While Bo was mayor of Dalian, he was linked to a list of sex scandals. One of his mistresses was Zhang Weijie, a beautiful hostess at the Dalian TV station. Gu was so jealous that she used a pen name to write newspaper articles that defamed Zhang. She also used her connections with the state security and public security to pressure Zhang into resigning from her job.

Zhang eventually lost her job and was once secretly detained in a hotel in Dalian. According to Jiang, she attempted suicide several times before she went to Beijing and then vanished. Some people said Gu had set her up and killed her, while others said Bo had given her 10 million yuan (US$1.56 million) to silence her.

Source –

China Backs Away From Controversial Internet Filter

BEIJING—China has delayed indefinitely a much-criticized plan to force manufacturers to bundle Internet filtering software with personal computers sold in the country, in an abrupt retreat hours before the policy was due to start.

The climb-down was reported late on Tuesday by the official Xinhua news agency, which said the Ministry of Industry and Information Technology would “delay the mandatory installation of the controversial ‘Green Dam-Youth Escort’ filtering software on new computers.”

At a time when Chinas ruling Communist Party appears increasingly sure of its powers to master the economy, society and the Internet, the retreat was a vivid reminder that this sprawling red dragon can stumble on its own ambitions. (China Photos/Getty Images)

At a time when China's ruling Communist Party appears increasingly sure of its powers to master the economy, society and the Internet, the retreat was a vivid reminder that this sprawling red dragon can stumble on its own ambitions. (China Photos/Getty Images)

The “Green Dam” plan, which officials said was to stamp out Internet pornography banned in China, was to start on Wednesday, but had been assailed by critics of censorship, industry groups and officials as politically intrusive, technically ineffective and commercially unfair.Washington

No new date was given and the plan may drift into oblivion.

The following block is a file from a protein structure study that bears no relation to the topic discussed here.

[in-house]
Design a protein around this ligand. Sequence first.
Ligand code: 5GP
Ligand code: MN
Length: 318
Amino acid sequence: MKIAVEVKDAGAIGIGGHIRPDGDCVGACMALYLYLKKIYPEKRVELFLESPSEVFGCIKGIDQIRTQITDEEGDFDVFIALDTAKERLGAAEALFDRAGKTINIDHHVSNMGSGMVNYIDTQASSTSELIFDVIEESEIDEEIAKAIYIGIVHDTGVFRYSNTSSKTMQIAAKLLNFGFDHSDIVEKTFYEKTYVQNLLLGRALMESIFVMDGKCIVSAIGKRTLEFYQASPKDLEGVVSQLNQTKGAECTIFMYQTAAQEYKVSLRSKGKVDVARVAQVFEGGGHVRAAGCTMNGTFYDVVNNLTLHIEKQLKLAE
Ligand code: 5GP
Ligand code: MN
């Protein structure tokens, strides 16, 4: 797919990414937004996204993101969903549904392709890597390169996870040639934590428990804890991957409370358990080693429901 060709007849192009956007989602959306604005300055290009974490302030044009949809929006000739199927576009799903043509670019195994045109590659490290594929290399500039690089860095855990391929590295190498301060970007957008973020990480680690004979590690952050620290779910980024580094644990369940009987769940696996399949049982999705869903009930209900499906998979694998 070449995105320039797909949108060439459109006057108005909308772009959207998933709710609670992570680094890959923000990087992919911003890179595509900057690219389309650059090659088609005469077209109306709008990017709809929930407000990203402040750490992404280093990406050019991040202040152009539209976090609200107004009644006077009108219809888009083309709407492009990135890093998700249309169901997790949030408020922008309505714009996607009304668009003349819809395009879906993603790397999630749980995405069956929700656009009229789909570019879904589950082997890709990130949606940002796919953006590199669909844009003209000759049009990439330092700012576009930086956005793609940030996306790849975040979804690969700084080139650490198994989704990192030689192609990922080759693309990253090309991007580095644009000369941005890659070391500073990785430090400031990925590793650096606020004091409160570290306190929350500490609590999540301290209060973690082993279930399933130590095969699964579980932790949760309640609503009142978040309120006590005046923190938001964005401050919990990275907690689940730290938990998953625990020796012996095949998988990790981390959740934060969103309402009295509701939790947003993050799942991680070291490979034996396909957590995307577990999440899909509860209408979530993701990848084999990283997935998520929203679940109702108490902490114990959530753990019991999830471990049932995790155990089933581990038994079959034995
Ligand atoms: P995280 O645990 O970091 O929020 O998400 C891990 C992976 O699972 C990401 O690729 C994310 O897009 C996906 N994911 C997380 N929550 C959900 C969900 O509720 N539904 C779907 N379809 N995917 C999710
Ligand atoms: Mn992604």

At a time when China’s ruling Communist Party appears increasingly sure of its powers to master the economy, society and the Internet, the retreat was a vivid reminder that this sprawling government can stumble on its own ambitions.

“They never expected the backlash would be so vehement,” said Wang Junxiu, an Internet entrepreneur in Beijing who has objected to Green Dam and other forms of censorship.

“This will just peter out now and the government will hope it will be soon forgotten, I’d say.”

The Ministry accepted the criticisms of computer companies, but left open the possibility of the censorship scheme returning in some form. And there can be no doubt that the ruling Communist Party remains wary of the Internet, which now has some 300 million users across China.

“Some businesses pointed out the heavy amount of work, time pressures and lack of preparation,” an unnamed Ministry official said in a statement on its website.

The official rejected claims that the plan threatened free speech, violated international trade rules or was chosen without proper tender processes.

“The Ministry of Industry and Information Technology will further solicit opinions from all sides, improve the plan, upgrade methods and carry out related tasks,” said the official.

But critics are likely to see the vague backdown, giving no fresh date for a launch, as a way for the government to escape quickly from the domestic and international controversy that erupted after the plan was revealed earlier this month, giving manufacturers little time to prepare.